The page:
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Kemp Technologies Inc. recently released a virtual load balancer designed for large environments. The VLM-10G, now available, gives enterprises the ability to deploy a virtual form factor instead of requiring a hardware appliance, Kemp said. The balancer, which offers the highest throughput in the Kemp LoadMaster portfolio, can scale up to 10 Gbps and 12,000 SSL transactions per second. That's similar to the throughput offered by hardware-based load balancers and a key metric enterprises consider when sizing load balancers for an application infrastructure, according to Jason Dover, Kemp's director of technical product marketing.
"There are customers in the enterprise -- and even the service provider space -- where they want to move away from getting locked into big iron and custom, proprietary silicon from vendors," Dover said. "We want to provide solutions in virtual packages that can actually stand up against what traditionally would come from mainstream hardware."
"[Enterprises] are realizing that you can do more and more on industry-standard server hardware, and the performance [data] that maybe existed between specialized hardware appliances and virtual form factors is diminishing," said Brad Casemore, research director at Framingham, Mass.-based IDC.
Some enterprises have high application performance demands because of user growth, or even because some business units within the company rely on multiple applications that need to be available at all times. "For environments where performance and reliability is top of mind, that’s really where this high-throughput virtual load balancer will come into play," said Atchison Frazer, Kemp’s CMO.
The VLM-10G includes Layer 7 application delivery features, such as content switching, application health checking, caching, compression, intrusion prevention, pre-authentication and single sign-on. The load balancer, like its predecessors, is capable of Secure Sockets Layer (SSL) offloading. "With applications today, you're typically going to be using SSL or [Transport Layer Security] TLS depending on the application or infrastructure; that can actually take a toll on performance if you are relying on the application servers to handle that functionality," Kemp's Dover said. "[Enterprises] can scale further, without having to move to hardware just yet."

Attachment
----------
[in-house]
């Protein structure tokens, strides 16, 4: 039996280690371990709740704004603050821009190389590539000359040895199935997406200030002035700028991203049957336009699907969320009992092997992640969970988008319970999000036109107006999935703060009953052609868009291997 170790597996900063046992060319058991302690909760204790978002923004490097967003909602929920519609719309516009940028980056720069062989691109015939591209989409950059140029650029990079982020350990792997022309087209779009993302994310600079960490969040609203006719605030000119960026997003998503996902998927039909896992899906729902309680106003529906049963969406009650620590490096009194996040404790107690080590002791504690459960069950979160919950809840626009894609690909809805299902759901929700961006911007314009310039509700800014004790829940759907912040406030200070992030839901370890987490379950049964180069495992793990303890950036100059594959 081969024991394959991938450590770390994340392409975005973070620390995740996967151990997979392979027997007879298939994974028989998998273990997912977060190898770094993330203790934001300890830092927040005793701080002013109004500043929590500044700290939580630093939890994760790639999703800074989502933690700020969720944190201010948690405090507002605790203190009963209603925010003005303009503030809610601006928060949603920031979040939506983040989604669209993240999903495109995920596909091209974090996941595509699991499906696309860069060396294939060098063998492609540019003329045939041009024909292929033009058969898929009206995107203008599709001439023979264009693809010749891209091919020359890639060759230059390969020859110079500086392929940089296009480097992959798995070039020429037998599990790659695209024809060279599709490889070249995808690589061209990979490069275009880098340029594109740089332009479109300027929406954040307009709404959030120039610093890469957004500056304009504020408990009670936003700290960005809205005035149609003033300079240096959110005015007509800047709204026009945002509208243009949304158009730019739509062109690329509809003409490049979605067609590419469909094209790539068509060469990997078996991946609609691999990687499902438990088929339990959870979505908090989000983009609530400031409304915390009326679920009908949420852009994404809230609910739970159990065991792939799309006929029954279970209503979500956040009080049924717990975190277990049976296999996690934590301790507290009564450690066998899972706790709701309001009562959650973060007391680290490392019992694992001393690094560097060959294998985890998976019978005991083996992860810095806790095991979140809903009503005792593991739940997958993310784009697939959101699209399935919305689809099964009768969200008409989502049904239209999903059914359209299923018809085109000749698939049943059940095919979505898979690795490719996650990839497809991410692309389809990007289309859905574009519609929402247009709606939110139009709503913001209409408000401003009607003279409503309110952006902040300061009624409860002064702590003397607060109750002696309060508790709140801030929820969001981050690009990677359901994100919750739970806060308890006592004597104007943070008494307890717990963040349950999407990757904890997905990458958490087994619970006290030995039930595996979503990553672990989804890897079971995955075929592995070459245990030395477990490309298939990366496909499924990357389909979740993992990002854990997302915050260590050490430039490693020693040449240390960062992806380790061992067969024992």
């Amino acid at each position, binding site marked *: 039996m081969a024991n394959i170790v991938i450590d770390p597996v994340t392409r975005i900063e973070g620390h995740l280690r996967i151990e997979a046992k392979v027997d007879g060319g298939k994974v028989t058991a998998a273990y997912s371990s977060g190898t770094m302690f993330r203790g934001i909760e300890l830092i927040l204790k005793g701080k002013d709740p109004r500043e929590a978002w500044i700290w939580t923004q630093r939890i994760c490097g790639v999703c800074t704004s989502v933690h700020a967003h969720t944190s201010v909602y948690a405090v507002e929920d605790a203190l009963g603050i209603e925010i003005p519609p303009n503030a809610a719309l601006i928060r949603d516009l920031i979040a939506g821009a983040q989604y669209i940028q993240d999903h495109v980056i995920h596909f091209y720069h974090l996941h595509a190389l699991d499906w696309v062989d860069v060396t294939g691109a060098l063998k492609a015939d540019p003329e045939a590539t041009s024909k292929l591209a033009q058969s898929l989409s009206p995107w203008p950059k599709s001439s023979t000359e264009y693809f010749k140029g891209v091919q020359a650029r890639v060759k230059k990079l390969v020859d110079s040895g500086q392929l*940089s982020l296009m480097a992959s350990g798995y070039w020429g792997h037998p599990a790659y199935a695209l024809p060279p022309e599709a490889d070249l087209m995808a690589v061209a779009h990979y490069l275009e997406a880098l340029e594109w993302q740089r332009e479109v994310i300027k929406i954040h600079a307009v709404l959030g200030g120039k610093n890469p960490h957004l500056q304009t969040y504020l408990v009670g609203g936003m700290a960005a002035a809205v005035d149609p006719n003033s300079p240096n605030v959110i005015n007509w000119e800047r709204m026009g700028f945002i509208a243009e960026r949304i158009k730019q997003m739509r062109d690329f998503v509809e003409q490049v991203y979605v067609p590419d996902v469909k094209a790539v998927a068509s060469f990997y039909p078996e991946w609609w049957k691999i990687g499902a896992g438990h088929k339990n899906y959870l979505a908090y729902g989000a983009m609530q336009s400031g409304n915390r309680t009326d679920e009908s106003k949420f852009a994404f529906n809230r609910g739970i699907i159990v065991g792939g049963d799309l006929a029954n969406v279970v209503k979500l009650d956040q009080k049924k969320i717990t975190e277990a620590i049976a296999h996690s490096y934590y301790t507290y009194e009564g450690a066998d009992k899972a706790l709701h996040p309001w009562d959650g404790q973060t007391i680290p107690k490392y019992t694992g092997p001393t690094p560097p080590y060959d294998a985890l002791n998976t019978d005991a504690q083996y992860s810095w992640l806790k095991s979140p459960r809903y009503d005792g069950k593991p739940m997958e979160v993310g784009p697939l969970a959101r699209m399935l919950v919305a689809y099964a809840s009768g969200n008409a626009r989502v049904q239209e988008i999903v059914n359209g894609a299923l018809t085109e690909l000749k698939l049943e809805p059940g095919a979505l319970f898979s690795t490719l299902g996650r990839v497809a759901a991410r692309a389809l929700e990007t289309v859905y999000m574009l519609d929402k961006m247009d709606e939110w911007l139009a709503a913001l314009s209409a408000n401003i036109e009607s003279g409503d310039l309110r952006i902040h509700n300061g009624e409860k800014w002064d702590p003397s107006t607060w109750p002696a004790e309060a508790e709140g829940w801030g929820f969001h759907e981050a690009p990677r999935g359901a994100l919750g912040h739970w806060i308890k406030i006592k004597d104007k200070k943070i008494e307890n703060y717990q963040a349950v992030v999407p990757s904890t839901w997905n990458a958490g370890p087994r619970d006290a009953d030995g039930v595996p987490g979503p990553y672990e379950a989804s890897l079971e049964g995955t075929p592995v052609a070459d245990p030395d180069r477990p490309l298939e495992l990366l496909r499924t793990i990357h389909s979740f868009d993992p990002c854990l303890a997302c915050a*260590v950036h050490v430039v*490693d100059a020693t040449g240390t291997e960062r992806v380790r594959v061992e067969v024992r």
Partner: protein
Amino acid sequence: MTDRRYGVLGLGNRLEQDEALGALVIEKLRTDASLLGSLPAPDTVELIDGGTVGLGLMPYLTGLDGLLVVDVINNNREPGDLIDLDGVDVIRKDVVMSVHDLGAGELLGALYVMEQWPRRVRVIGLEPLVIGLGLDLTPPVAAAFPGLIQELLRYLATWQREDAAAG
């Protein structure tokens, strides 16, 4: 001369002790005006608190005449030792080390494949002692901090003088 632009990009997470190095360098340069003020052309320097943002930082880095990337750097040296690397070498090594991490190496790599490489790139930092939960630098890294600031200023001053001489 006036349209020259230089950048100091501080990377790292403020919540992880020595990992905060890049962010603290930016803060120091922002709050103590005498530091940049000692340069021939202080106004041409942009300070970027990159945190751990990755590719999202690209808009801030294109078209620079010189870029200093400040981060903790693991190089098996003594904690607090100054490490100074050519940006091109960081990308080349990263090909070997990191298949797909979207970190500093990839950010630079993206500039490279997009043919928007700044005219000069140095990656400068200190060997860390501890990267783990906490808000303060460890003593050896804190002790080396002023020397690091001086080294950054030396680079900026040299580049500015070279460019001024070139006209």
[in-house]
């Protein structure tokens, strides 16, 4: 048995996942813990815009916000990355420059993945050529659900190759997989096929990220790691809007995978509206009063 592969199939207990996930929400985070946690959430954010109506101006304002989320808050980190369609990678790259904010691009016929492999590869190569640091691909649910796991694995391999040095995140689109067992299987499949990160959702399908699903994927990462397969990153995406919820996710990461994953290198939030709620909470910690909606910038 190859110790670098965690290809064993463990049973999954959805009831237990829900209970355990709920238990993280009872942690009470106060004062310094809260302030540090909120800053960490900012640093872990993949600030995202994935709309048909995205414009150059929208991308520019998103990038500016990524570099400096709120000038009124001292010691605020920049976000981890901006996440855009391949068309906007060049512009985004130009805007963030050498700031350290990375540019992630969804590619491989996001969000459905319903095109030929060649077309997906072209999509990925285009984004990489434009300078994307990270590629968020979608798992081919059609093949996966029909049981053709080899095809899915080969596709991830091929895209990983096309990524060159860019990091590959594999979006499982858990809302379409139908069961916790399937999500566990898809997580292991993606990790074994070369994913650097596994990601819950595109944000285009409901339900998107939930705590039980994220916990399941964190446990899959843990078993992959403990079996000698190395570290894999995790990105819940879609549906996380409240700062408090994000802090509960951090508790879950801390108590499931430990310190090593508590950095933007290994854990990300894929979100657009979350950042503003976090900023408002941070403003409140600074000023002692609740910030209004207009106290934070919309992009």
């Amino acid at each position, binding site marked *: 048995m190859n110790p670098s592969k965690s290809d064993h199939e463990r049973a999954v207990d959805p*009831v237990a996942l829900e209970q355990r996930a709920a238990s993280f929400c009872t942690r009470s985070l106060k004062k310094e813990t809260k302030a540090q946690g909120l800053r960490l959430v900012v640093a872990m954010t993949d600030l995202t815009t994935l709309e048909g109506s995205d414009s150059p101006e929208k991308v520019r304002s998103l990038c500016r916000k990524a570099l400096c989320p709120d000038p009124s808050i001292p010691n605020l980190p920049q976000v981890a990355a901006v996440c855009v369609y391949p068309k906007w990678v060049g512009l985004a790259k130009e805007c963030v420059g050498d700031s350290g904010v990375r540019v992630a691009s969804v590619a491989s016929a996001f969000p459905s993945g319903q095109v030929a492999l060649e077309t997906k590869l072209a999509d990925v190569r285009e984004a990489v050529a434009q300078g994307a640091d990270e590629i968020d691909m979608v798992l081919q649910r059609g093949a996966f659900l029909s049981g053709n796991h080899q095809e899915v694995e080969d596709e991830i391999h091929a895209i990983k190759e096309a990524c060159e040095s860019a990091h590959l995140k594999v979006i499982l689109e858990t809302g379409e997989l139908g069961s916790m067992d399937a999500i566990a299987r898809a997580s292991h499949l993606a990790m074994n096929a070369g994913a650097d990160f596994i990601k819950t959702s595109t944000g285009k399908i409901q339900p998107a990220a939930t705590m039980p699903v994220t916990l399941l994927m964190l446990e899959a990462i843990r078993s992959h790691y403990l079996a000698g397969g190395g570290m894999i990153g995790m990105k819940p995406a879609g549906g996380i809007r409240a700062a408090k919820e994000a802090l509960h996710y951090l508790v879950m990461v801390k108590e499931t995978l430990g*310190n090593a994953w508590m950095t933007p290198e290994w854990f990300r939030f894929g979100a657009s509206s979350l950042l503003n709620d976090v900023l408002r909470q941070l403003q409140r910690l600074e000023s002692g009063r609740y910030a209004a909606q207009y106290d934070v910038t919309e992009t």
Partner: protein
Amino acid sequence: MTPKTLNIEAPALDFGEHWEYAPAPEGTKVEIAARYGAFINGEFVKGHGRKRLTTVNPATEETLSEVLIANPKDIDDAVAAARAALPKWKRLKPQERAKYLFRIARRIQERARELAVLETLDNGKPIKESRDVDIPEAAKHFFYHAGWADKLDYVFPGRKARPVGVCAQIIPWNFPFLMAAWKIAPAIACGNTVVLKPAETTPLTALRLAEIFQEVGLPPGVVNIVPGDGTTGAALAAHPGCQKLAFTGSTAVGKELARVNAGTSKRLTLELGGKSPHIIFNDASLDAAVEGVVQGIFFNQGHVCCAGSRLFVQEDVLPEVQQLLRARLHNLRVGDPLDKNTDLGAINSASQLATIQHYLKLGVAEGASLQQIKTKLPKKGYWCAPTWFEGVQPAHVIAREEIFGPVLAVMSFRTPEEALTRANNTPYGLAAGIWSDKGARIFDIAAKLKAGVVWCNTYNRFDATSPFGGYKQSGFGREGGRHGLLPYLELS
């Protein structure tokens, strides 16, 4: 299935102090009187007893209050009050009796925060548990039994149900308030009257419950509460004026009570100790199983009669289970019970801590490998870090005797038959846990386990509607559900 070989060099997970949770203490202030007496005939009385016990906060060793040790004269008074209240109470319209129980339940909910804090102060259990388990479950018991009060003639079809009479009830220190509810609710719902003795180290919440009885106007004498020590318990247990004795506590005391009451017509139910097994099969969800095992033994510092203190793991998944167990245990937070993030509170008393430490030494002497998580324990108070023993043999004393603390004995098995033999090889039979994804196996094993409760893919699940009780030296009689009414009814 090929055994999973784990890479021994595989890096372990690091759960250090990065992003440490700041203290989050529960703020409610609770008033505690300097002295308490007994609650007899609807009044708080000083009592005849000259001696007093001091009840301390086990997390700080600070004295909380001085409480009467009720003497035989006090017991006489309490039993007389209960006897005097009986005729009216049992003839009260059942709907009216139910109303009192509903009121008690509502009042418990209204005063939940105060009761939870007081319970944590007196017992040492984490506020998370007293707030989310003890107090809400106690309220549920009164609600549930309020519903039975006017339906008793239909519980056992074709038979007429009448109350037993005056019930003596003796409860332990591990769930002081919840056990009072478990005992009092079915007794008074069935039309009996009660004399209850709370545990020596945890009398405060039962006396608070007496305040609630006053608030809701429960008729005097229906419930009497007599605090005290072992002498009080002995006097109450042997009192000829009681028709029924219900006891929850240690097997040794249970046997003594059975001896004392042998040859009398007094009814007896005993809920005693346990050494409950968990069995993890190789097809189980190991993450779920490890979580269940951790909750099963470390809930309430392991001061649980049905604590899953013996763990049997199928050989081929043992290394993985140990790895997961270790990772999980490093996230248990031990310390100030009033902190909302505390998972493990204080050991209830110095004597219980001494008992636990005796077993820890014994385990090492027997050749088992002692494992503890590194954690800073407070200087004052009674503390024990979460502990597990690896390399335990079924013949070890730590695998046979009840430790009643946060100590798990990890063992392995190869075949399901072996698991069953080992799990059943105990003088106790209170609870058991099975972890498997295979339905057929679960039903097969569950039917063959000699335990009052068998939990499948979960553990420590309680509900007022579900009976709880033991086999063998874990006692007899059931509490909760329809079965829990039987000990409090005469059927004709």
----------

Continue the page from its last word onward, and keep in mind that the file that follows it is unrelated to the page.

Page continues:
The latest virtual appliance can also extend load balancing and application delivery to geographically distant locations. The global server load balancing functionality can intelligently choose the most appropriate data center to handle client requests in real-time, according to Kemp. The company is also further cementing integration between its load balancers and third-party networking equipment within the environment so the load balancers have more information to make "adaptive" routing decisions, he said.
"We are expanding on that so other external metrics can be pulled into the decision-making process for how we route traffic -- like our integration with HP's [software-defined networking] SDN controller. These integrations are contributing to the overall performance the end user sees," Dover said.
Kemp LoadMaster: Designed with the cloud in mind
For midmarket companies, there has historically been a lot of value in the virtual form factor for networking appliances. Virtual application delivery controllers (ADCs) and load balancing technology has been especially appealing, IDC’s Casemore said.
While some large enterprises will always require the processing power of a hardware appliance, businesses of all sizes are moving workloads to the cloud, and need services -- like ADCs and WAN optimization tools -- that have been designed with cloud architecture in mind.
"Customers are moving to the cloud, and Kemp is trying to provide them with the ADC capabilities and the networking services they are going to need to support those services," Casemore said.
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